The Occoris technology could allow single-use inhalers to manufactured for as little as 15p per unit

Disposable inhaler could revolutionise vaccination

A single-use, disposable inhaler could revolutionise emergency vaccination programmes in response to natural disasters.

A feasibility project carried out by medical product design and development company Team Consulting has demonstrated that their Occoris low-cost aerosolisation engine concept could be used to manufacture disposable inhalers for mass vaccinations for less than 15p per unit.

The technology administers medicines or vaccines via dry powder rather than liquids, which are more stable and do not have to be kept refrigerated – a particular problem for emergency vaccination programmes in response to natural disasters.

An inhaler based solution also avoids complications and risks associated with using a needle and syringe, which combined with the ability to set a precise dose, could allow patients to self-administer.

Once fully developed and approved by regulators, the study found the technology could enable the use of inhaled drugs for immunisation, pain relief, diabetes and many other conditions as well.

Professor Peter Barnes, head of Respiratory Medicine at Imperial College London, said: “This is an innovative and exciting technology with great potential. It could enable pulmonary delivery of drugs in many different areas, for example in therapies requiring higher payloads such as inhaled antibiotics and systemic drug delivery.”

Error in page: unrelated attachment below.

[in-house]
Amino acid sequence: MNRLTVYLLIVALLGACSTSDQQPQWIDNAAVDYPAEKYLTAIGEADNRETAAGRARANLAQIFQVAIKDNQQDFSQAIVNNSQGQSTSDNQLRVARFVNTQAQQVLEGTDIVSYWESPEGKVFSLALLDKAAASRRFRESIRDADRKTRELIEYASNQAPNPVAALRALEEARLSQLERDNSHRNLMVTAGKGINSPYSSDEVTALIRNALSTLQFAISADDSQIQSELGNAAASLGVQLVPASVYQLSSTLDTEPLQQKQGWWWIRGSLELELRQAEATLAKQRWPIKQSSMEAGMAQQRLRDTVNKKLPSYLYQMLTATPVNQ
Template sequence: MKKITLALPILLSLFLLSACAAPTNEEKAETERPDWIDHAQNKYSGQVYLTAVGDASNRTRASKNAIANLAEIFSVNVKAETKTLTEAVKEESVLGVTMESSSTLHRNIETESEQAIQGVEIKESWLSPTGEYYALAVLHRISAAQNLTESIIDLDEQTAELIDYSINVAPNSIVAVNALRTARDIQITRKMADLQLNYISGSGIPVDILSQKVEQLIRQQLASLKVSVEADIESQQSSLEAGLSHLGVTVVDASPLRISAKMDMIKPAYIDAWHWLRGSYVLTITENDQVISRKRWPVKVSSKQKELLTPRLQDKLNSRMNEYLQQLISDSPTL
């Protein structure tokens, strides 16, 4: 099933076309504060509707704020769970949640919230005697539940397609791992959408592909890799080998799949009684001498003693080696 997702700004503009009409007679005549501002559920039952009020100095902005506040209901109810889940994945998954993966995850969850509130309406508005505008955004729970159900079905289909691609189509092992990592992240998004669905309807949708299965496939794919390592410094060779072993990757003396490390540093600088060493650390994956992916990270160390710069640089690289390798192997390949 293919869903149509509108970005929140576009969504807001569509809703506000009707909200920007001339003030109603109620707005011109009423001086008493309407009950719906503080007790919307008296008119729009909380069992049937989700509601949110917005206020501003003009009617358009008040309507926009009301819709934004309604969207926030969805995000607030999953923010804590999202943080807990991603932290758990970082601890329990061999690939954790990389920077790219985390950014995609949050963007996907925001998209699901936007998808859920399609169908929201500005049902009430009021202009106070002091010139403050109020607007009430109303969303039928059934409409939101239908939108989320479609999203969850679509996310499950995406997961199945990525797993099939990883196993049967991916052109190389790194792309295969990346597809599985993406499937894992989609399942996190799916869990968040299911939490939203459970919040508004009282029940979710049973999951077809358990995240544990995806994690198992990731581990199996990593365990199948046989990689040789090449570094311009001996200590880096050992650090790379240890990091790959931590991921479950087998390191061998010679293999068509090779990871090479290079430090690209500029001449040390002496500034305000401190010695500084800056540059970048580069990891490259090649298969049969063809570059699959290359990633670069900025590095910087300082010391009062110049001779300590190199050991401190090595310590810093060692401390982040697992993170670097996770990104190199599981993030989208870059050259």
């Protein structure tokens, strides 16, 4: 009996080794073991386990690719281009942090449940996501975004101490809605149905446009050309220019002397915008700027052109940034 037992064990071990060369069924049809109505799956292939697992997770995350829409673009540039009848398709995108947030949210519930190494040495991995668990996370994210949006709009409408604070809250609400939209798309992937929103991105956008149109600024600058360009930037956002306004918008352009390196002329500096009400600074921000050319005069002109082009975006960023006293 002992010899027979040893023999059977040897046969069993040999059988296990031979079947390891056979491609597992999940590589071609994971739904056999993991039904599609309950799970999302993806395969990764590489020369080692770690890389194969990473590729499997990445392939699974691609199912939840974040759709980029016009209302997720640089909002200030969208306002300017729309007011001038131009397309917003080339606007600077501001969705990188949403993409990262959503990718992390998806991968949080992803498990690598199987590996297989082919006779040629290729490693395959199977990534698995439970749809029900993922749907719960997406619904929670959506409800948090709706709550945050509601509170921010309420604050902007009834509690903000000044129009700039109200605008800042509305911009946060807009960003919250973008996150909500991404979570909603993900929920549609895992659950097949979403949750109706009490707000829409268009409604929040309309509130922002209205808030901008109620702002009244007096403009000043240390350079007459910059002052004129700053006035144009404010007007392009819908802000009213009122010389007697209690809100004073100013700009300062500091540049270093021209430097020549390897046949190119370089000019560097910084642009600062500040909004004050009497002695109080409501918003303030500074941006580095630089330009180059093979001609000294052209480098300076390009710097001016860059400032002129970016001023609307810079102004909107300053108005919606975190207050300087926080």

Inhalers have been used for many years to deliver drugs to the lungs to treat airway diseases such as asthma, COPD and more recently cystic fibrosis, but performance limitations have meant they cannot be used more widely.

But the feasibility project, which was part-funded by the UK’s Technology Strategy Board, has demonstrated that Occoris can deliver more than 70 per cent into the lungs, compared to 20 to 40 per cent in existing inhalers, meaning far less is deposited in the mouth and throat where there are often unwanted side effects and no therapeutic benefit.

Inhalers based on Occoris would not be solely reliant on the patient’s inhalation as the energy contained within the inhaler ensures the drug can be aerosolised correctly and consistently, which overcomes some of the usability issues surrounding inhalers.

As well as its suitability for vaccinations, the study also found that the Occoris system could make inhaled pain relief feasible. Oral painkillers take around half an hour to provide therapeutic effect, whereas using inhalers could provide pain relief within seconds.

David Harris, head of Respiratory Drug Delivery at Team Consulting said: “Occoris shows the potential to unlock therapies that are currently beyond the reach of existing inhaler technologies, marking a step-change in dry powder inhaler performance.

“If you look at a situation like the recent disaster in the Philippines, where healthcare workers struggled to keep vital liquid vaccines refrigerated to prevent outbreaks of disease, you can see just how valuable a technology like Occoris could be in the future.”

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